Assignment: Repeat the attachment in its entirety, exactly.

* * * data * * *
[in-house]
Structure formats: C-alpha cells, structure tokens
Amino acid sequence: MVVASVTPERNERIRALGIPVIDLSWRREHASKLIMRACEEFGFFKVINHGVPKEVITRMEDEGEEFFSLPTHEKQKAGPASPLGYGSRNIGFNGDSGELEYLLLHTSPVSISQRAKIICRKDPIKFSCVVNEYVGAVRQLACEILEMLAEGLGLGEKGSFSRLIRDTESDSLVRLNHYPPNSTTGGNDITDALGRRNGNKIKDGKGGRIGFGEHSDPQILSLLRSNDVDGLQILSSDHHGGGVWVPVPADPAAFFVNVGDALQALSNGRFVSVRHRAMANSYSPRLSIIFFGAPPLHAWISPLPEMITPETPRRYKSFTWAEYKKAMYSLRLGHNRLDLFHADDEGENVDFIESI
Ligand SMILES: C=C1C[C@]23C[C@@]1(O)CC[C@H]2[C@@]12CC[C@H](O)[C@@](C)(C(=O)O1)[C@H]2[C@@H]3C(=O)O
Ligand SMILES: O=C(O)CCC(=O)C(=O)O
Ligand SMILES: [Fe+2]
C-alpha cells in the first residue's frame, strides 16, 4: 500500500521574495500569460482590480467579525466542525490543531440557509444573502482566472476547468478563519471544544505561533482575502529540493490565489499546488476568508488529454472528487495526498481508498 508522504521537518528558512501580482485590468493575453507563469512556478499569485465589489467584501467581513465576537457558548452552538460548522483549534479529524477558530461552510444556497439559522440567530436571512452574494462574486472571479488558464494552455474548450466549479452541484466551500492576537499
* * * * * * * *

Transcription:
[in-house]
Structure formats: C-alpha cells, structure tokens
Amino acid sequence: MVVASVTPERNERIRALGIPVIDLSWRREHASKLIMRACEEFGFFKVINHGVPKEVITRMEDEGEEFFSLPTHEKQKAGPASPLGYGSRNIGFNGDSGELEYLLLHTSPVSISQRAKIICRKDPIKFSCVVNEYVGAVRQLACEILEMLAEGLGLGEKGSFSRLIRDTESDSLVRLNHYPPNSTTGGNDITDALGRRNGNKIKDGKGGRIGFGEHSDPQILSLLRSNDVDGLQILSSDHHGGGVWVPVPADPAAFFVNVGDALQALSNGRFVSVRHRAMANSYSPRLSIIFFGAPPLHAWISPLPEMITPETPRRYKSFTWAEYKKAMYSLRLGHNRLDLFHADDEGENVDFIESI
Ligand SMILES: C=C1C[C@]23C[C@@]1(O)CC[C@H]2[C@@]12CC[C@H](O)[C@@](C)(C(=O)O1)[C@H]2[C@@H]3C(=O)O
Ligand SMILES: O=C(O)CCC(=O)C(=O)O
Ligand SMILES: [Fe+2]
C-alpha cells in the first residue's frame, strides 16, 4: 500500500521574495500569460482590480467579525466542525490543531440557509444573502482566472476547468478563519471544544505561533482575502529540493490565489499546488476568508488529454472528487495526498481508498 508522504521537518528558512501580482485590468493575453507563469512556478499569485465589489467584501467581513465576537457558548452552538460548522483549534479529524477558530461552510444556497439559522440567530436571512452574494462574486472571479488558464494552455474548450466549479452541484466551500492576537499